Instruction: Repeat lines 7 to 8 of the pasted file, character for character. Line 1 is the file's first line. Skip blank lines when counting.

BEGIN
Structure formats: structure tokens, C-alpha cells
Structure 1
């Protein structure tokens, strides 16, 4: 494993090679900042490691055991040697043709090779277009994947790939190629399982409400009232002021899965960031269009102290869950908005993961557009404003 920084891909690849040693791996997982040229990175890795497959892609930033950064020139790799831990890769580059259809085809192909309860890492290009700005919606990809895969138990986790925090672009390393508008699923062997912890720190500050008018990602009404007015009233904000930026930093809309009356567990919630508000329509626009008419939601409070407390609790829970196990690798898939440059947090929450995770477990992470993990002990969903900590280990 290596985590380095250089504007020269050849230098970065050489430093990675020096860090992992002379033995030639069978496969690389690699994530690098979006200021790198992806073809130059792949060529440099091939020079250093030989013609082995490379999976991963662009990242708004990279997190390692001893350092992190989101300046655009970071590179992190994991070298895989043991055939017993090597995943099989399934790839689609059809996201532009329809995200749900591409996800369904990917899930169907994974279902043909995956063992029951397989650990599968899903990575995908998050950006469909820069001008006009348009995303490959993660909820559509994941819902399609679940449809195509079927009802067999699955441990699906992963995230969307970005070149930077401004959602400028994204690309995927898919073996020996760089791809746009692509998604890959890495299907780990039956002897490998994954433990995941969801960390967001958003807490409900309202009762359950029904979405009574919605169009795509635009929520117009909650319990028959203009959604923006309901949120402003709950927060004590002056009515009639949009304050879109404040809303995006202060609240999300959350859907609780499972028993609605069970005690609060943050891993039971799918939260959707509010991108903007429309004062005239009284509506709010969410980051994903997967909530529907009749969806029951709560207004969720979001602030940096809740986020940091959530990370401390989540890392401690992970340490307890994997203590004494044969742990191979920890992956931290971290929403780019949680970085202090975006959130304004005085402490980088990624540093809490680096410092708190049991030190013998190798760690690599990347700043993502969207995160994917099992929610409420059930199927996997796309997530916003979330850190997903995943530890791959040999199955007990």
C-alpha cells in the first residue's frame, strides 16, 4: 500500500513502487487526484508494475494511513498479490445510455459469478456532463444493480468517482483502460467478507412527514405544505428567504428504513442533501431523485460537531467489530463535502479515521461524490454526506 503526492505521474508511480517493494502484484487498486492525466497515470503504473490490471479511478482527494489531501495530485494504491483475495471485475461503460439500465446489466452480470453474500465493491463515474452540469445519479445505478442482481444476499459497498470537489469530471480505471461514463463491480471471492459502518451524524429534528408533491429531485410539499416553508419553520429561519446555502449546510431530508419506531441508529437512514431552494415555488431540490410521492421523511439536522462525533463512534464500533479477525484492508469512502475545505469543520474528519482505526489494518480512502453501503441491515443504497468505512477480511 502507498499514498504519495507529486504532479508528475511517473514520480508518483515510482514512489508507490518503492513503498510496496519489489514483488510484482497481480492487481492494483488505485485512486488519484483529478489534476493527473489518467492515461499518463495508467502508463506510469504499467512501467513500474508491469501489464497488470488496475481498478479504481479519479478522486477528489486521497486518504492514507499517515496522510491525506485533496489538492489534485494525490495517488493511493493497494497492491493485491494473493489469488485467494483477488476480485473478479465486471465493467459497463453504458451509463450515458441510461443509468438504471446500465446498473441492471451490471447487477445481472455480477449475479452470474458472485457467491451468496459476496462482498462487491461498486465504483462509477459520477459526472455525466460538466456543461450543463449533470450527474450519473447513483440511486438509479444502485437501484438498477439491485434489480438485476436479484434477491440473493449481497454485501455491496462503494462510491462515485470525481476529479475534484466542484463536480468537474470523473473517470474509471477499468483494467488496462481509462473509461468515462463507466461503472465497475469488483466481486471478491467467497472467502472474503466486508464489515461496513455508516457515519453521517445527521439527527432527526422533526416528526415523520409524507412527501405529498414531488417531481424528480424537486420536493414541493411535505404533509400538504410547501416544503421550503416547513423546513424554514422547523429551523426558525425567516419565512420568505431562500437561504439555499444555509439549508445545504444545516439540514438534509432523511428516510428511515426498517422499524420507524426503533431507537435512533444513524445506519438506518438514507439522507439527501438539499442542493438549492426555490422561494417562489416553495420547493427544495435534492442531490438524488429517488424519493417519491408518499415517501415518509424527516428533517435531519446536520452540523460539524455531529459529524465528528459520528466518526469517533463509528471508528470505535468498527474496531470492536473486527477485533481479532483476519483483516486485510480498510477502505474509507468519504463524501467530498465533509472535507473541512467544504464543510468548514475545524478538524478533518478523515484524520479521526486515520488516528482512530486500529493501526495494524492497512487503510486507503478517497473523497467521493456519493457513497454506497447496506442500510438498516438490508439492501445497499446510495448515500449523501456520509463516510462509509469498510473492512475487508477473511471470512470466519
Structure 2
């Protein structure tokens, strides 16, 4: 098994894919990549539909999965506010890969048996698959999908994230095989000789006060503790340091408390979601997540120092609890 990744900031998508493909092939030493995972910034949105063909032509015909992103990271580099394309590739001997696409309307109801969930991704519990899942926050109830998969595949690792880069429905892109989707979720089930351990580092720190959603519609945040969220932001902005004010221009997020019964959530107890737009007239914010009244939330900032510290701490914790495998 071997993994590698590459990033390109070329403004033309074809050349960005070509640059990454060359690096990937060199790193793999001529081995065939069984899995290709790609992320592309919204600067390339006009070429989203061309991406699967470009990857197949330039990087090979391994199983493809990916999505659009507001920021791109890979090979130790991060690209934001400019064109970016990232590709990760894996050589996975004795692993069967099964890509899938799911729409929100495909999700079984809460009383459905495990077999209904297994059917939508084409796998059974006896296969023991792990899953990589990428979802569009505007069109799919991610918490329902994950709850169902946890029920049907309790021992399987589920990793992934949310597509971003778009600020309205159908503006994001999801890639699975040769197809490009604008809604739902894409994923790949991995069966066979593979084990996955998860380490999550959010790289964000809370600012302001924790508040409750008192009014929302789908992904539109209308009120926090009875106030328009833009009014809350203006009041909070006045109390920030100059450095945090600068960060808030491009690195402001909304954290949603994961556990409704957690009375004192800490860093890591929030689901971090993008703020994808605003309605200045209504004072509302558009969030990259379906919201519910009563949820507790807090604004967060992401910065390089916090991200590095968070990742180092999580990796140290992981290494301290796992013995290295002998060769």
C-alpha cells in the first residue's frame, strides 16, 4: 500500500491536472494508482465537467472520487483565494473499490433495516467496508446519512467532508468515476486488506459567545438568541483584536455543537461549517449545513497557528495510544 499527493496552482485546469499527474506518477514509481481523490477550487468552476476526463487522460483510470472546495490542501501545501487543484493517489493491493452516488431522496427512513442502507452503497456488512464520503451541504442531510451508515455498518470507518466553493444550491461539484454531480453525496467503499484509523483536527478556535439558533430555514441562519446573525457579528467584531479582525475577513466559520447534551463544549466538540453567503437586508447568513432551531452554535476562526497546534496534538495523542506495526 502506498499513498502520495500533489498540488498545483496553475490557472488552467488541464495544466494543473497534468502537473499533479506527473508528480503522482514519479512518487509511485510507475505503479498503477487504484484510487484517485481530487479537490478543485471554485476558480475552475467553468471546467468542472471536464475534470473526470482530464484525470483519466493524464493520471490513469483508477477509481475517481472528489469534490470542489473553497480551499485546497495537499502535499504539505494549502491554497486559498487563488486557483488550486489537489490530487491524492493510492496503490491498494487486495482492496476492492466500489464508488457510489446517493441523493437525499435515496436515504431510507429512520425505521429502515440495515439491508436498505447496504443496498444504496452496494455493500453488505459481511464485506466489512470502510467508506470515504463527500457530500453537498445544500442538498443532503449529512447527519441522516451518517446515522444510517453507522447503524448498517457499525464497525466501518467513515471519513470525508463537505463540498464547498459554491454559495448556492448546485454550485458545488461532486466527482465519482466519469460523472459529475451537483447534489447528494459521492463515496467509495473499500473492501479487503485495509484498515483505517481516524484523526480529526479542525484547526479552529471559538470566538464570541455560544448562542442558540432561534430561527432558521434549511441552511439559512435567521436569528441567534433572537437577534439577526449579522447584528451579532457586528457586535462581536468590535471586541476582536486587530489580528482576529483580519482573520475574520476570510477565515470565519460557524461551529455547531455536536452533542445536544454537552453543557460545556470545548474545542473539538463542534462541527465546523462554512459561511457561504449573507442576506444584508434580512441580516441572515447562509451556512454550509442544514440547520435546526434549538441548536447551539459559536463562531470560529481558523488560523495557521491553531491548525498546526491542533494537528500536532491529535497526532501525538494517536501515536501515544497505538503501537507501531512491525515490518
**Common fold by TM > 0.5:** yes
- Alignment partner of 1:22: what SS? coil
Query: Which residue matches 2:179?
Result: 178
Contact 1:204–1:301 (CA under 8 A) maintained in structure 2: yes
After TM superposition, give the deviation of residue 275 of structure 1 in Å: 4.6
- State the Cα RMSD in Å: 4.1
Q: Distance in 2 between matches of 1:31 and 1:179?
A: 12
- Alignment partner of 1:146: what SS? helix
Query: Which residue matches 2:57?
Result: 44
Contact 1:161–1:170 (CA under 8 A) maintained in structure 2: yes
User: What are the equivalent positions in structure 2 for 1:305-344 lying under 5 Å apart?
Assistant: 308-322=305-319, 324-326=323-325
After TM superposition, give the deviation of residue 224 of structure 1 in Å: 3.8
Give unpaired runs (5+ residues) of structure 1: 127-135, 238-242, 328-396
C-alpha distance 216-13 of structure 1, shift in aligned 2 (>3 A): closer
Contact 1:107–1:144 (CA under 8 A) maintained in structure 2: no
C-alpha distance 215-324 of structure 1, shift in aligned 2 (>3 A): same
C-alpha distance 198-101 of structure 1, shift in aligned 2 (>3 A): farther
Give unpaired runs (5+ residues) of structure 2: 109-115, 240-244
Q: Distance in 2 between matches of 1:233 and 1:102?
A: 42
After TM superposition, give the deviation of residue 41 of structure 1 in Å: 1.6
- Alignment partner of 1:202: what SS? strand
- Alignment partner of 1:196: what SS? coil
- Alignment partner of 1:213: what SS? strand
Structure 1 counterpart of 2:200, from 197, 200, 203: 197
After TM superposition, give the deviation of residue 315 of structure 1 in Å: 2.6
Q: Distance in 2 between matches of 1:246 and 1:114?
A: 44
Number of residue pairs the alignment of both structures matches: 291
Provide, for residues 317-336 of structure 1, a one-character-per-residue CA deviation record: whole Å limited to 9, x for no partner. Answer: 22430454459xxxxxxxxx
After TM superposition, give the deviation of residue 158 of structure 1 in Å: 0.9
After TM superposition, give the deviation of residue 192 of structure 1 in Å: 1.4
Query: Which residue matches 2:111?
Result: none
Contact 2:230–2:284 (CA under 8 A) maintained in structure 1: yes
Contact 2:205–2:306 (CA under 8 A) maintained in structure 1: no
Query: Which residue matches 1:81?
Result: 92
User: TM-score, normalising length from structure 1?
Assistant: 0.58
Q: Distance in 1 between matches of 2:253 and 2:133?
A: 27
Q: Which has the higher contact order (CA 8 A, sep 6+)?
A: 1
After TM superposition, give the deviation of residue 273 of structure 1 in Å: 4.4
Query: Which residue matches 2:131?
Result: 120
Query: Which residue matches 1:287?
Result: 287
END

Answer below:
C-alpha cells in the first residue's frame, strides 16, 4: 500500500491536472494508482465537467472520487483565494473499490433495516467496508446519512467532508468515476486488506459567545438568541483584536455543537461549517449545513497557528495510544 499527493496552482485546469499527474506518477514509481481523490477550487468552476476526463487522460483510470472546495490542501501545501487543484493517489493491493452516488431522496427512513442502507452503497456488512464520503451541504442531510451508515455498518470507518466553493444550491461539484454531480453525496467503499484509523483536527478556535439558533430555514441562519446573525457579528467584531479582525475577513466559520447534551463544549466538540453567503437586508447568513432551531452554535476562526497546534496534538495523542506495526 502506498499513498502520495500533489498540488498545483496553475490557472488552467488541464495544466494543473497534468502537473499533479506527473508528480503522482514519479512518487509511485510507475505503479498503477487504484484510487484517485481530487479537490478543485471554485476558480475552475467553468471546467468542472471536464475534470473526470482530464484525470483519466493524464493520471490513469483508477477509481475517481472528489469534490470542489473553497480551499485546497495537499502535499504539505494549502491554497486559498487563488486557483488550486489537489490530487491524492493510492496503490491498494487486495482492496476492492466500489464508488457510489446517493441523493437525499435515496436515504431510507429512520425505521429502515440495515439491508436498505447496504443496498444504496452496494455493500453488505459481511464485506466489512470502510467508506470515504463527500457530500453537498445544500442538498443532503449529512447527519441522516451518517446515522444510517453507522447503524448498517457499525464497525466501518467513515471519513470525508463537505463540498464547498459554491454559495448556492448546485454550485458545488461532486466527482465519482466519469460523472459529475451537483447534489447528494459521492463515496467509495473499500473492501479487503485495509484498515483505517481516524484523526480529526479542525484547526479552529471559538470566538464570541455560544448562542442558540432561534430561527432558521434549511441552511439559512435567521436569528441567534433572537437577534439577526449579522447584528451579532457586528457586535462581536468590535471586541476582536486587530489580528482576529483580519482573520475574520476570510477565515470565519460557524461551529455547531455536536452533542445536544454537552453543557460545556470545548474545542473539538463542534462541527465546523462554512459561511457561504449573507442576506444584508434580512441580516441572515447562509451556512454550509442544514440547520435546526434549538441548536447551539459559536463562531470560529481558523488560523495557521491553531491548525498546526491542533494537528500536532491529535497526532501525538494517536501515536501515544497505538503501537507501531512491525515490518
**Common fold by TM > 0.5:** yes